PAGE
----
Councilman Rodney Fleming said he'd close the parking garage in a recent council meeting rather than pay city funds for renovation or refurbishment. The City estimated the project could be completed for $1.8 million, however that would rise to $2.95 million if phased.
What's not clear is the city's legal obligation to provide and maintain the parking garage for Spur Building tenants. That will be interesting to learn.
Update 12-8-14: The Standard Times ran a piece on this topic.
Update 12-10-14: The city will lease the parking garage to The Spur Group LLC.
by PEU Report/State of the Division at 12:15 PM
Saturday, November 29, 2014
Friday, November 28, 2014
San Angelo Live reported:
A train pulling 100 cars of frac sand derailed at 1 a.m. this morning near Ballinger. According to Texas-Pacifico spokeswoman Elizabeth Grindstaff, the train was destined for Big Lake when it derailed near milepost 20 east of Talpa. The event resulted in the damage of 15 of the 100 cars loaded with frac sand.
The accident occurred five days before the City of San Angelo's Zoning Board of Adjustments will take up a challenge to the automatic approval of Lee Pfluger's sand offloading facility. Petitioners Jesse Martinez, Mark Thieman, Dennis Grafa, Chris Cornell and Winkie Wardlaw assert Planning Director Patrick Howard erred in deciding that a silica frac sand operation is permitted in a Light Manufacturing Zoning District.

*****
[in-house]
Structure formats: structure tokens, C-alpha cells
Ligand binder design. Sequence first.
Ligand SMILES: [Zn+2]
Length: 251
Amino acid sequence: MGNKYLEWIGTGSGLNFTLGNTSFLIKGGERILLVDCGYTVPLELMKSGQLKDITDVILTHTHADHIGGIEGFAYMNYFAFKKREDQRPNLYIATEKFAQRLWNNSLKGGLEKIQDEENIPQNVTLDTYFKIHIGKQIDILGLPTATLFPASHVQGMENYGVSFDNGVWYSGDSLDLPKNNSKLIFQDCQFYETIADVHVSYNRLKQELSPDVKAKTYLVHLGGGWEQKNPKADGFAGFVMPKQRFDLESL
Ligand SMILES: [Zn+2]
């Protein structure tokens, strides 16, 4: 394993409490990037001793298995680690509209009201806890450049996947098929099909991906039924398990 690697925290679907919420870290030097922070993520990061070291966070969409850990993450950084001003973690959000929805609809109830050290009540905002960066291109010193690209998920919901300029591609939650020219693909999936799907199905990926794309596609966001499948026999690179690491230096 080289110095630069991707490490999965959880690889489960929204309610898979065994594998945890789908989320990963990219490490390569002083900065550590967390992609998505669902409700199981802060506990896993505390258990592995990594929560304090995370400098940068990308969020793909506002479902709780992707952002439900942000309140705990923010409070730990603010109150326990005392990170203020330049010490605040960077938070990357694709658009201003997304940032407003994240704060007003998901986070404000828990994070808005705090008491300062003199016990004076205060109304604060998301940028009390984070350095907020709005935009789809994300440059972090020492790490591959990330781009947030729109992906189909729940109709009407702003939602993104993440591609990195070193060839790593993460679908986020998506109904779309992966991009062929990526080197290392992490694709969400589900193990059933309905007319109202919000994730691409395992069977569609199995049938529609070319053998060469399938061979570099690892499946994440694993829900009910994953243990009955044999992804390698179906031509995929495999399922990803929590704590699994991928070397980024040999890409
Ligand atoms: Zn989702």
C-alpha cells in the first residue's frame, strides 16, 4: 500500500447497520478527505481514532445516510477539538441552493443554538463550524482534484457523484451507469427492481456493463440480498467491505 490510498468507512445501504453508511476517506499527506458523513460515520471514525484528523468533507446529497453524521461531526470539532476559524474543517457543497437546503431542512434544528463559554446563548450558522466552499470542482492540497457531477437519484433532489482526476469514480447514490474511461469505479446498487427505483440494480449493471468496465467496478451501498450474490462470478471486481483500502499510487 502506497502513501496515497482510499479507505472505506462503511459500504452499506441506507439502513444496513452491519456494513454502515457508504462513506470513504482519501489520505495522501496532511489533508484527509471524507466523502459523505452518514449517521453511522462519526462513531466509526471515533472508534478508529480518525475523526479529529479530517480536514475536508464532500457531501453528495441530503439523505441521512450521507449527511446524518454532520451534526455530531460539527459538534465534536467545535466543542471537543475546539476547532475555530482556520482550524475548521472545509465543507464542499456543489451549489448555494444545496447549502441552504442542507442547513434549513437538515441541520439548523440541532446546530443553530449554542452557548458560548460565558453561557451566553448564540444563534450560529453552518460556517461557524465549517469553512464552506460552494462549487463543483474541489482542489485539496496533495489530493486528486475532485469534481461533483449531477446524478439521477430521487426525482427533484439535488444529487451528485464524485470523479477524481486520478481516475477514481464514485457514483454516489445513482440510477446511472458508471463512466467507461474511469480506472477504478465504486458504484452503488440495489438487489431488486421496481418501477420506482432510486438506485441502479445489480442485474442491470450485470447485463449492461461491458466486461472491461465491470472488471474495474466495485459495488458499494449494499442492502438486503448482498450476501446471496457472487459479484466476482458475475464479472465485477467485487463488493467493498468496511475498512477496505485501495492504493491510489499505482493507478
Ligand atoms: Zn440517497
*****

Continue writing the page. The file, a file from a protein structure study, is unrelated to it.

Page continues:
Texas Pacifico is in the midst of replacing track throughout San Angelo, installing heavier rail to handle higher volumes of oil field products.
How might a recent frac sand derailment impact the Zoning Board's deliberations? After City Councilwoman and Texas Pacifico spokeswoman Elizabeth Grindstaff refused to answer "operations" questions, City Council had to rely on a retired railroad worker to challenge regarding Lee Pfluger's representations. Let's hope Texas Pacifico has the right person in attendance this time to answer questions.
by PEU Report/State of the Division at 2:56 PM
Sunday, November 23, 2014
San Angelo City Council discussed an insurance product for water and sewer lines. Council reconsidered endorsing the product for purchase by area citizens, having done so in 2012 with no action taken. City Councilwoman Elizabeth Grindstaff asked that the item return to council's agenda. She supports service line warranty products on the belief pricing could be more affordable for citizens.